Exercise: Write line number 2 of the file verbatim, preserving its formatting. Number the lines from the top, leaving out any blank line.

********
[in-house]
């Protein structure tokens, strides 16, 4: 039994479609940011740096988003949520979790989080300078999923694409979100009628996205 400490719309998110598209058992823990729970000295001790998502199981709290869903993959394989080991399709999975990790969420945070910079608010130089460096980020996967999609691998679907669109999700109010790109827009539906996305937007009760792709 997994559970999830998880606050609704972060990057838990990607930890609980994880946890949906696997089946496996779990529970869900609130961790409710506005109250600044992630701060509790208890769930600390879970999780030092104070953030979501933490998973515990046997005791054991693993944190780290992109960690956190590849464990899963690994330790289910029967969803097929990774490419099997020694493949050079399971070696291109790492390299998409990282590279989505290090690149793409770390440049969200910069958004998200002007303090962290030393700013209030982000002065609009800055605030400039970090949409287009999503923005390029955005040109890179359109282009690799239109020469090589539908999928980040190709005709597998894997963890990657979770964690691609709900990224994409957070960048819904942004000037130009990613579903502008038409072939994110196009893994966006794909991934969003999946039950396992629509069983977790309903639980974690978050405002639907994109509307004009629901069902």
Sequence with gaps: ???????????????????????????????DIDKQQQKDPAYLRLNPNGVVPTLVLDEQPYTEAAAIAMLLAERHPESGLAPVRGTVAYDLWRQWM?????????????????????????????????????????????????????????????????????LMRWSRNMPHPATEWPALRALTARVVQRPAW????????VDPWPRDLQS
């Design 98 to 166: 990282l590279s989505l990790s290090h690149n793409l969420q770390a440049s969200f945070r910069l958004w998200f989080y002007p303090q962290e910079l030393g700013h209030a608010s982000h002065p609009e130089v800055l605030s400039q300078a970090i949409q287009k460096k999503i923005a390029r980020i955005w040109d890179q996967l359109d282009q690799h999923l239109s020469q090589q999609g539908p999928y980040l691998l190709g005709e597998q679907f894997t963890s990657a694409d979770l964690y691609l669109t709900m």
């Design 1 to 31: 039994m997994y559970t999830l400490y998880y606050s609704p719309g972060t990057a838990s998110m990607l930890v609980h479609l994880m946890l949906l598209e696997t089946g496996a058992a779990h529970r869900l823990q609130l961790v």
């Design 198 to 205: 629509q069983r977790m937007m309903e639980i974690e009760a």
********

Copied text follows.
């Protein structure tokens, strides 16, 4: 039994479609940011740096988003949520979790989080300078999923694409979100009628996205 400490719309998110598209058992823990729970000295001790998502199981709290869903993959394989080991399709999975990790969420945070910079608010130089460096980020996967999609691998679907669109999700109010790109827009539906996305937007009760792709 997994559970999830998880606050609704972060990057838990990607930890609980994880946890949906696997089946496996779990529970869900609130961790409710506005109250600044992630701060509790208890769930600390879970999780030092104070953030979501933490998973515990046997005791054991693993944190780290992109960690956190590849464990899963690994330790289910029967969803097929990774490419099997020694493949050079399971070696291109790492390299998409990282590279989505290090690149793409770390440049969200910069958004998200002007303090962290030393700013209030982000002065609009800055605030400039970090949409287009999503923005390029955005040109890179359109282009690799239109020469090589539908999928980040190709005709597998894997963890990657979770964690691609709900990224994409957070960048819904942004000037130009990613579903502008038409072939994110196009893994966006794909991934969003999946039950396992629509069983977790309903639980974690978050405002639907994109509307004009629901069902």